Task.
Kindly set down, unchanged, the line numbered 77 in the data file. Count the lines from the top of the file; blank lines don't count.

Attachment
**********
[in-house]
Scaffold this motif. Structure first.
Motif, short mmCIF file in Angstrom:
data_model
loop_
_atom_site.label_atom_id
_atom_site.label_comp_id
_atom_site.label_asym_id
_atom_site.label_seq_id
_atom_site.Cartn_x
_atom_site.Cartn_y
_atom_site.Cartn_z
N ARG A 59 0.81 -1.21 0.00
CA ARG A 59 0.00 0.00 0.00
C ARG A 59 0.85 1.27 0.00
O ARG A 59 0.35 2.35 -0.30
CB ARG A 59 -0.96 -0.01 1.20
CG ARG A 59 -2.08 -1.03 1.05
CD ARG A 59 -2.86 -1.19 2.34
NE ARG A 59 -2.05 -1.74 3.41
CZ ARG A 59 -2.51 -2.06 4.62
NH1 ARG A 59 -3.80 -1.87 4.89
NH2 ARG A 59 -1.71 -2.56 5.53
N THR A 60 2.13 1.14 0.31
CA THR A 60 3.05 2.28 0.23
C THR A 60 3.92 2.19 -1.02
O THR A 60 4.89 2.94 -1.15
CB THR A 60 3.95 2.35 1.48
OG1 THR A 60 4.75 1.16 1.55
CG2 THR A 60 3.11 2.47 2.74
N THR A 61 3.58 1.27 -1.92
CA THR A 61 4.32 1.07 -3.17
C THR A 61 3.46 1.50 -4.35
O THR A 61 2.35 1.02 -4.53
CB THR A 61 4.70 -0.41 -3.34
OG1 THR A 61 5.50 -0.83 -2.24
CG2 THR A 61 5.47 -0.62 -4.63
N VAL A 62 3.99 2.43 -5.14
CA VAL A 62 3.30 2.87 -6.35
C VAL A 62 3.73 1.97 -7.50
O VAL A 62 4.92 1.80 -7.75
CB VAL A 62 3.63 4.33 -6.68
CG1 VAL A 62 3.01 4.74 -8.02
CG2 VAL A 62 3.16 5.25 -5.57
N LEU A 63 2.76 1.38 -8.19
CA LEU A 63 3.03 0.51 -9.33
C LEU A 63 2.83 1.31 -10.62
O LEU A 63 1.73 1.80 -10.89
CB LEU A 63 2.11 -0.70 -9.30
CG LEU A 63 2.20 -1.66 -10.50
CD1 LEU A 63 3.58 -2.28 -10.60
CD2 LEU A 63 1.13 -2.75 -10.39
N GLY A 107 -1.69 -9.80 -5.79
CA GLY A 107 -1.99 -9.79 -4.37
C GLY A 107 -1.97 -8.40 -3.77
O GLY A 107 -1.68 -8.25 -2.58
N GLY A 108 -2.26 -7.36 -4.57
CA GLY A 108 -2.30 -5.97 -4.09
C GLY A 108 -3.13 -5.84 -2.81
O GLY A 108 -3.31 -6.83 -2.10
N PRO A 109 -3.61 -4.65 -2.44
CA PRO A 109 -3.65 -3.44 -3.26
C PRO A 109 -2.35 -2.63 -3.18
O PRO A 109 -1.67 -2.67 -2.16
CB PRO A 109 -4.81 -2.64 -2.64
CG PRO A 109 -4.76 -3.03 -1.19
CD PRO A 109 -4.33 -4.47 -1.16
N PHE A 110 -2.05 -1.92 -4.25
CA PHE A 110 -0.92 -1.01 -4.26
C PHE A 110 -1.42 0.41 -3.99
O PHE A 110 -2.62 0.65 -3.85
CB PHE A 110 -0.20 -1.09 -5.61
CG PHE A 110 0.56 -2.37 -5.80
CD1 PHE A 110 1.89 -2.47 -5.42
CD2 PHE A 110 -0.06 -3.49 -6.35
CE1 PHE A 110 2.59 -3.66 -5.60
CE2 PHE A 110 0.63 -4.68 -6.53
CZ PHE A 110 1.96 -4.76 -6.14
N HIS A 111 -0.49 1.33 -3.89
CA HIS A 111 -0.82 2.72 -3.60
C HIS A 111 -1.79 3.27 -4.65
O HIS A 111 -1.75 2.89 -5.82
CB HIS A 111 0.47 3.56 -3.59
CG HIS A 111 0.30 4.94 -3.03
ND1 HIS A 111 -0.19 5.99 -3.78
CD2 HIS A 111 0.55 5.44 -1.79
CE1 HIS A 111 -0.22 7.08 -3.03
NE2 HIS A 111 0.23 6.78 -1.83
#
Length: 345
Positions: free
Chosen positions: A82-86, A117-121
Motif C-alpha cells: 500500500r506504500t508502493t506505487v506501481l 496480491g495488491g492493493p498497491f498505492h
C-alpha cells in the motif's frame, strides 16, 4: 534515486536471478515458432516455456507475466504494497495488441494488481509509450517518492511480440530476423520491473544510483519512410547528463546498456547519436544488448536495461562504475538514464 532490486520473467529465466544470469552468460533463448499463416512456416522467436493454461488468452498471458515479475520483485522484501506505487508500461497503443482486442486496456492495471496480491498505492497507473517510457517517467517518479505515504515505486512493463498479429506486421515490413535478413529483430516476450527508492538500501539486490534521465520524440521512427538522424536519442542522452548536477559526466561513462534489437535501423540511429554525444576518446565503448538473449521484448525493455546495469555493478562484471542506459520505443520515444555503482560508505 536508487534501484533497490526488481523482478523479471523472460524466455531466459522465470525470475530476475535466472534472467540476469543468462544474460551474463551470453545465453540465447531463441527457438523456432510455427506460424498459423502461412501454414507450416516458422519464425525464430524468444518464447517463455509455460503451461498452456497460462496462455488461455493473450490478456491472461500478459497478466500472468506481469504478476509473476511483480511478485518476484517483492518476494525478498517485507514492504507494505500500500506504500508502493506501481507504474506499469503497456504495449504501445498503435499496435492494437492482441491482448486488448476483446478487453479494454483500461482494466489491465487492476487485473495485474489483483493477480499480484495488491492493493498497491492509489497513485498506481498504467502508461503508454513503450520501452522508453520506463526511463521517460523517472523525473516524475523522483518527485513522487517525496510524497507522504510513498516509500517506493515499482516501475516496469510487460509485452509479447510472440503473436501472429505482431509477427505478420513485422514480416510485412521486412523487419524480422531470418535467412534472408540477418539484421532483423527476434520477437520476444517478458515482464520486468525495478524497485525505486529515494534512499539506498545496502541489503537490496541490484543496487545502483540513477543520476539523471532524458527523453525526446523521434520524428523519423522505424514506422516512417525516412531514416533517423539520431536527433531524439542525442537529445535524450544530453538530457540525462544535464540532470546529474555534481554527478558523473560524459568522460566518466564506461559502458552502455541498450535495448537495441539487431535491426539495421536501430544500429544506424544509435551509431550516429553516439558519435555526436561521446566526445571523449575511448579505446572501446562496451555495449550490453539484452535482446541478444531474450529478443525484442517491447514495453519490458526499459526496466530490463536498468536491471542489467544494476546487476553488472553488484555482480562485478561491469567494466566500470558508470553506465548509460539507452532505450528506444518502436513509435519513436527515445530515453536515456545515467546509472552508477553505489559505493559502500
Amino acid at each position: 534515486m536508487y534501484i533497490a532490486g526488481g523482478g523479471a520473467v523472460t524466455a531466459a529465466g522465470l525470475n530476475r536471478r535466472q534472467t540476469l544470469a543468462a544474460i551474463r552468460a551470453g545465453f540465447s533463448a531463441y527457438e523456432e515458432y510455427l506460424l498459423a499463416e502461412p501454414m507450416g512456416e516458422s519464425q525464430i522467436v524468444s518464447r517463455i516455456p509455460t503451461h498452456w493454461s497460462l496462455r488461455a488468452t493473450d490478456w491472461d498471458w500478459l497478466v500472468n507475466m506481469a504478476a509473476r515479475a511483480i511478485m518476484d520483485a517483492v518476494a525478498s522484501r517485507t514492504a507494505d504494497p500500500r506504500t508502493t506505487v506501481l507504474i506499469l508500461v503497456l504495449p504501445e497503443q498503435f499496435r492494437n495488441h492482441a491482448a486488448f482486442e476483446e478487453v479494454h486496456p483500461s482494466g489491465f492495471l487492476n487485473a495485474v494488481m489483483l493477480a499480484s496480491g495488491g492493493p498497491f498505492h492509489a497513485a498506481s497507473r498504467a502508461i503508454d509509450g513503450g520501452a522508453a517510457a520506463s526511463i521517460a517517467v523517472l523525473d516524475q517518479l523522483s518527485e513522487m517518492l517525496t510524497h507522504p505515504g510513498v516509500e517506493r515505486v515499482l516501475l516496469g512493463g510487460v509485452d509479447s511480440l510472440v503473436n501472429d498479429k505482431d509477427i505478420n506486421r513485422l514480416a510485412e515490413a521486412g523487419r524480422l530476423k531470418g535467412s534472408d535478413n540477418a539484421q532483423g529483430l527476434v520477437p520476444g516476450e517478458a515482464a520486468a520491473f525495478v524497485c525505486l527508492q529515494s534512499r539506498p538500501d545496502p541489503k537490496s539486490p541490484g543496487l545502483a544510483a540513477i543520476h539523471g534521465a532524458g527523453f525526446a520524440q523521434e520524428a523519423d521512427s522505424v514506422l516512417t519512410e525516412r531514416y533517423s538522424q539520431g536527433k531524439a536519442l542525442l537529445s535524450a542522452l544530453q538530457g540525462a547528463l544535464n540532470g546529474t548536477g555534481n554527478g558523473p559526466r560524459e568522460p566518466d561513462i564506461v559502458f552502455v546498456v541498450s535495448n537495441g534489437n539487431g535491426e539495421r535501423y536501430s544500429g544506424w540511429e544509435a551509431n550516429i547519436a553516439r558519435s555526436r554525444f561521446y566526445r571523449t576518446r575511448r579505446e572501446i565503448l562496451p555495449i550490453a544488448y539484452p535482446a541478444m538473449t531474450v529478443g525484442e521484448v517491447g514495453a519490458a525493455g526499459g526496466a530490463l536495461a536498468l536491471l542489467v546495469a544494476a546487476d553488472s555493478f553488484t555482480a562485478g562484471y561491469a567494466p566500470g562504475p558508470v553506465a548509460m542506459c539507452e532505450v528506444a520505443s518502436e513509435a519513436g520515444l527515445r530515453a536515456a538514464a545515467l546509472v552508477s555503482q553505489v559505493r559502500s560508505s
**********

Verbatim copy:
CE2 PHE A 110 0.63 -4.68 -6.53